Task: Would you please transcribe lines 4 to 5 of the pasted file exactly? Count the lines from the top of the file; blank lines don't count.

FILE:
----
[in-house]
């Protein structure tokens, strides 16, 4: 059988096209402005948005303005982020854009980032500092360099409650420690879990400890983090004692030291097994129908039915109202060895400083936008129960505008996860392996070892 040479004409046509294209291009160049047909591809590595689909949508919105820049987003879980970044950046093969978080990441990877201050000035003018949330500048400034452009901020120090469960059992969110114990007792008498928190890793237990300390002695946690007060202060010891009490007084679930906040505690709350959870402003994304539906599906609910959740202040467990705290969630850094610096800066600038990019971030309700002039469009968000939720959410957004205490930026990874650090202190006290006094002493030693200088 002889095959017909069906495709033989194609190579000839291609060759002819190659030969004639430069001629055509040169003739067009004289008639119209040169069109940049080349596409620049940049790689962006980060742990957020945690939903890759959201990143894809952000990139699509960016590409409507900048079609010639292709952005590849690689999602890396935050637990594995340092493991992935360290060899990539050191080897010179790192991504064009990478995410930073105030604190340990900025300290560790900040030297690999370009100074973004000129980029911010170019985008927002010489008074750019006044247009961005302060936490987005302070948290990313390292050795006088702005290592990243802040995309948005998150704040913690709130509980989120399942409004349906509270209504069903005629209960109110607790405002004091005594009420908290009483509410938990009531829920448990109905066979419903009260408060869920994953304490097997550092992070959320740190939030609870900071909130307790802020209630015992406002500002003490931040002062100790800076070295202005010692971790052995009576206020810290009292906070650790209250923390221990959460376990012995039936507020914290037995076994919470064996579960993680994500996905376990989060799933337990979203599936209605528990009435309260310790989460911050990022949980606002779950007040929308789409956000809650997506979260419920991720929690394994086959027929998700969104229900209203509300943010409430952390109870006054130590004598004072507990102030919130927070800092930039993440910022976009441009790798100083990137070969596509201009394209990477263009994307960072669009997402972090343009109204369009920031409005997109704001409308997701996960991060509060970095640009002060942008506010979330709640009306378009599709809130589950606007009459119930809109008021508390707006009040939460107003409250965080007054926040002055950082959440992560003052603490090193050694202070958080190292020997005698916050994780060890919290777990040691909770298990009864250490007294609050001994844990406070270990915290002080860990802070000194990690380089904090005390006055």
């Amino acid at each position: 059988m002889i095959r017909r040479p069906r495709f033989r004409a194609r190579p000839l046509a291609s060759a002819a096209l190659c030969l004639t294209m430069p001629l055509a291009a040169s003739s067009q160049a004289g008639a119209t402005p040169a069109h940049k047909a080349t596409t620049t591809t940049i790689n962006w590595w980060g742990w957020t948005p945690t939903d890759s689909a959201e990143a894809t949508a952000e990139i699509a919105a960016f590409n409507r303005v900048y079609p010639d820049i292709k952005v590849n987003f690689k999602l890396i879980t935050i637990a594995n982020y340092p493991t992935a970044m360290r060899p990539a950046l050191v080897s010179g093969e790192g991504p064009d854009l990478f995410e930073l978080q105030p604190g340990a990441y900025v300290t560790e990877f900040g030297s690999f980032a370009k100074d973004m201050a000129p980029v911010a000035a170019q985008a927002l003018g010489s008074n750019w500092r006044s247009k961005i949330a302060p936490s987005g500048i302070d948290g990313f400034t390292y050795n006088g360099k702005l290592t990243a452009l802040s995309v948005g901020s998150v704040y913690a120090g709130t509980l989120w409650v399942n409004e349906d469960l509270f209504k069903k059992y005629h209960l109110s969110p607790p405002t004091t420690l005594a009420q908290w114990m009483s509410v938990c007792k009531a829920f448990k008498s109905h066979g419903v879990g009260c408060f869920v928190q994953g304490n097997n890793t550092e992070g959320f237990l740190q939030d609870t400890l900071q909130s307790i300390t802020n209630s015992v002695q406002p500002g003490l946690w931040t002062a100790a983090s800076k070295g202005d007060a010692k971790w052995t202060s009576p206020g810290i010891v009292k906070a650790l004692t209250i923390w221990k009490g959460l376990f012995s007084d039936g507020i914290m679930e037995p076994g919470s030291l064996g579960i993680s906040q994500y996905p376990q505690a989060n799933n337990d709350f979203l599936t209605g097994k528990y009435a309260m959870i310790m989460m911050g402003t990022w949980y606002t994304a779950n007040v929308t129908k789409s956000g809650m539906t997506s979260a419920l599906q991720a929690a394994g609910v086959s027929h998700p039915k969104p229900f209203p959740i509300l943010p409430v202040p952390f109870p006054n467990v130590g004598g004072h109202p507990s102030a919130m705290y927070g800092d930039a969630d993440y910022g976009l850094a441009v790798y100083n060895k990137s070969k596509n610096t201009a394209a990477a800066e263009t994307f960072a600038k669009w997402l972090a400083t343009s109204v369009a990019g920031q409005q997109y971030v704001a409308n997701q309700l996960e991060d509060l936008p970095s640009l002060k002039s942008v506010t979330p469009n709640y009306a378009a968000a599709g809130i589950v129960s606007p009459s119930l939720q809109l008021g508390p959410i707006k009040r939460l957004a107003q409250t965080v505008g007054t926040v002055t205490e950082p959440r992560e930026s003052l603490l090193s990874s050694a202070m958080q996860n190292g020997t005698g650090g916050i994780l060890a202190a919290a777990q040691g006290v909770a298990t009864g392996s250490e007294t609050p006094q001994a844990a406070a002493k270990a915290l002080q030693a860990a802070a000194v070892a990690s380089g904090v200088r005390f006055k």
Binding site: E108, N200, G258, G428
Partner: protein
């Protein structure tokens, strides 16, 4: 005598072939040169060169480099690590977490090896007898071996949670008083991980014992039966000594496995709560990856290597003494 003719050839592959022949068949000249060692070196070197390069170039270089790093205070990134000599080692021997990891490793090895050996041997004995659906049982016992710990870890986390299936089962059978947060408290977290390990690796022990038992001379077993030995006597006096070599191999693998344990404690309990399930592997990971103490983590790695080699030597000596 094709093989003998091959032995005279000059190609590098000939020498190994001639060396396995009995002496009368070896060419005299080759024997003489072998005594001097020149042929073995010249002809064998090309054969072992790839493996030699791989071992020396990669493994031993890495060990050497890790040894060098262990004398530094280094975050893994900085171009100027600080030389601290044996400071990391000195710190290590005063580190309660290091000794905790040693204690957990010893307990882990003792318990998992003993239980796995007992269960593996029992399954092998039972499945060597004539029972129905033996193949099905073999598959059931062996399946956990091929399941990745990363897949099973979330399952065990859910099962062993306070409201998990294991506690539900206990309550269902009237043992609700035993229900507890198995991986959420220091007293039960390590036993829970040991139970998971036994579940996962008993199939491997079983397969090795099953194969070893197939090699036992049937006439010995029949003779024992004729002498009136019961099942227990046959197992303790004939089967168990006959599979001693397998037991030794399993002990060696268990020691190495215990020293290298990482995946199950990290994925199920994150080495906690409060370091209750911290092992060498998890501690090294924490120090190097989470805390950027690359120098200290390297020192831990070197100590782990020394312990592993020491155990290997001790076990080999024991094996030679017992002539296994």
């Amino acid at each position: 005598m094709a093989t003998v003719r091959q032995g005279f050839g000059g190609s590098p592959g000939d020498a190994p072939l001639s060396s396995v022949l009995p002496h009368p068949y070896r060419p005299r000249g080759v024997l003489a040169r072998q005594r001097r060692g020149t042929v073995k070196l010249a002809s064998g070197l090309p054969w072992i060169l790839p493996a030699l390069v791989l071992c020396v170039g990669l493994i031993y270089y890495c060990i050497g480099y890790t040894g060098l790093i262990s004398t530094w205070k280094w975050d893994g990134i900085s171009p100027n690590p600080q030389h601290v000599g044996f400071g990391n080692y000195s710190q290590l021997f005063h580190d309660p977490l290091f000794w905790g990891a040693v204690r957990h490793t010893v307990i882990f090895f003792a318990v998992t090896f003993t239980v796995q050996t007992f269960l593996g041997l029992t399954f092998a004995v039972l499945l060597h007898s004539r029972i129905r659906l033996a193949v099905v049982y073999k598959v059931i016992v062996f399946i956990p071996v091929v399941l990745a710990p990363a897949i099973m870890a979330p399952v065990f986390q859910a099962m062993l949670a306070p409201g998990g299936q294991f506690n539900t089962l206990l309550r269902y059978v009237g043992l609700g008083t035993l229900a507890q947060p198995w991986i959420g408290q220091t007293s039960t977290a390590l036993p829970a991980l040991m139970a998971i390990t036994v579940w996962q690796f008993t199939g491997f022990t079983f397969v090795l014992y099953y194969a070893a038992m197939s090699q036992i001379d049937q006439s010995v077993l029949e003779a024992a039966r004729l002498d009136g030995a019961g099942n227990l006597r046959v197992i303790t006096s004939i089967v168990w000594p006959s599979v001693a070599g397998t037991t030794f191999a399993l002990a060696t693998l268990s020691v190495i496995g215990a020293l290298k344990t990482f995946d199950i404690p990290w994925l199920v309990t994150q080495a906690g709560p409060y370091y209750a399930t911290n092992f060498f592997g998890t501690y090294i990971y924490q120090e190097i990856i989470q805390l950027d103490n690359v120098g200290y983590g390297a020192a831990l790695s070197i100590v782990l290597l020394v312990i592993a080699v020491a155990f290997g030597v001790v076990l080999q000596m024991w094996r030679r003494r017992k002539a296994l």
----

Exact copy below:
Binding site: E108, N200, G258, G428
Partner: protein